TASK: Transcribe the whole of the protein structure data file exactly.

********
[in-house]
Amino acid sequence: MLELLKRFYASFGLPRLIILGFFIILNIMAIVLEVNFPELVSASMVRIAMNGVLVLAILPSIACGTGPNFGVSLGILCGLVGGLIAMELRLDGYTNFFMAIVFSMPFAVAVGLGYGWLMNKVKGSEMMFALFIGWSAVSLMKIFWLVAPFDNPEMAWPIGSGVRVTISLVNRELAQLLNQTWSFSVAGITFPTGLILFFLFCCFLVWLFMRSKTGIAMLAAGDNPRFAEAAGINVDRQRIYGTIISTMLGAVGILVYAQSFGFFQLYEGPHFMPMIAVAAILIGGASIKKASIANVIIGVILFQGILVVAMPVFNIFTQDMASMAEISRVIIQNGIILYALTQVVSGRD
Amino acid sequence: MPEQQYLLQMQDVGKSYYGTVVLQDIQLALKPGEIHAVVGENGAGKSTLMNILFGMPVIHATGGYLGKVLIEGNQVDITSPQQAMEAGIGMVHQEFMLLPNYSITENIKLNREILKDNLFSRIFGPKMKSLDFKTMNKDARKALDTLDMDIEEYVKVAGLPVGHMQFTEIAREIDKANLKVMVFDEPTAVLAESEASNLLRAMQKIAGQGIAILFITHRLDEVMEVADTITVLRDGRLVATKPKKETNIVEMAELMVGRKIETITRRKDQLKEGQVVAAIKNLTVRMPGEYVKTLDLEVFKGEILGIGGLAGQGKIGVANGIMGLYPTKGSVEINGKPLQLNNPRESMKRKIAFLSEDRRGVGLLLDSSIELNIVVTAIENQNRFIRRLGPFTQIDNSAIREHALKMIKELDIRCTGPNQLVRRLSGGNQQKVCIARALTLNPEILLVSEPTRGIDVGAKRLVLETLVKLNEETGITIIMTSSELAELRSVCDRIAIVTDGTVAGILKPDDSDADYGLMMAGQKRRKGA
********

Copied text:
[in-house]
Amino acid sequence: MLELLKRFYASFGLPRLIILGFFIILNIMAIVLEVNFPELVSASMVRIAMNGVLVLAILPSIACGTGPNFGVSLGILCGLVGGLIAMELRLDGYTNFFMAIVFSMPFAVAVGLGYGWLMNKVKGSEMMFALFIGWSAVSLMKIFWLVAPFDNPEMAWPIGSGVRVTISLVNRELAQLLNQTWSFSVAGITFPTGLILFFLFCCFLVWLFMRSKTGIAMLAAGDNPRFAEAAGINVDRQRIYGTIISTMLGAVGILVYAQSFGFFQLYEGPHFMPMIAVAAILIGGASIKKASIANVIIGVILFQGILVVAMPVFNIFTQDMASMAEISRVIIQNGIILYALTQVVSGRD
Amino acid sequence: MPEQQYLLQMQDVGKSYYGTVVLQDIQLALKPGEIHAVVGENGAGKSTLMNILFGMPVIHATGGYLGKVLIEGNQVDITSPQQAMEAGIGMVHQEFMLLPNYSITENIKLNREILKDNLFSRIFGPKMKSLDFKTMNKDARKALDTLDMDIEEYVKVAGLPVGHMQFTEIAREIDKANLKVMVFDEPTAVLAESEASNLLRAMQKIAGQGIAILFITHRLDEVMEVADTITVLRDGRLVATKPKKETNIVEMAELMVGRKIETITRRKDQLKEGQVVAAIKNLTVRMPGEYVKTLDLEVFKGEILGIGGLAGQGKIGVANGIMGLYPTKGSVEINGKPLQLNNPRESMKRKIAFLSEDRRGVGLLLDSSIELNIVVTAIENQNRFIRRLGPFTQIDNSAIREHALKMIKELDIRCTGPNQLVRRLSGGNQQKVCIARALTLNPEILLVSEPTRGIDVGAKRLVLETLVKLNEETGITIIMTSSELAELRSVCDRIAIVTDGTVAGILKPDDSDADYGLMMAGQKRRKGA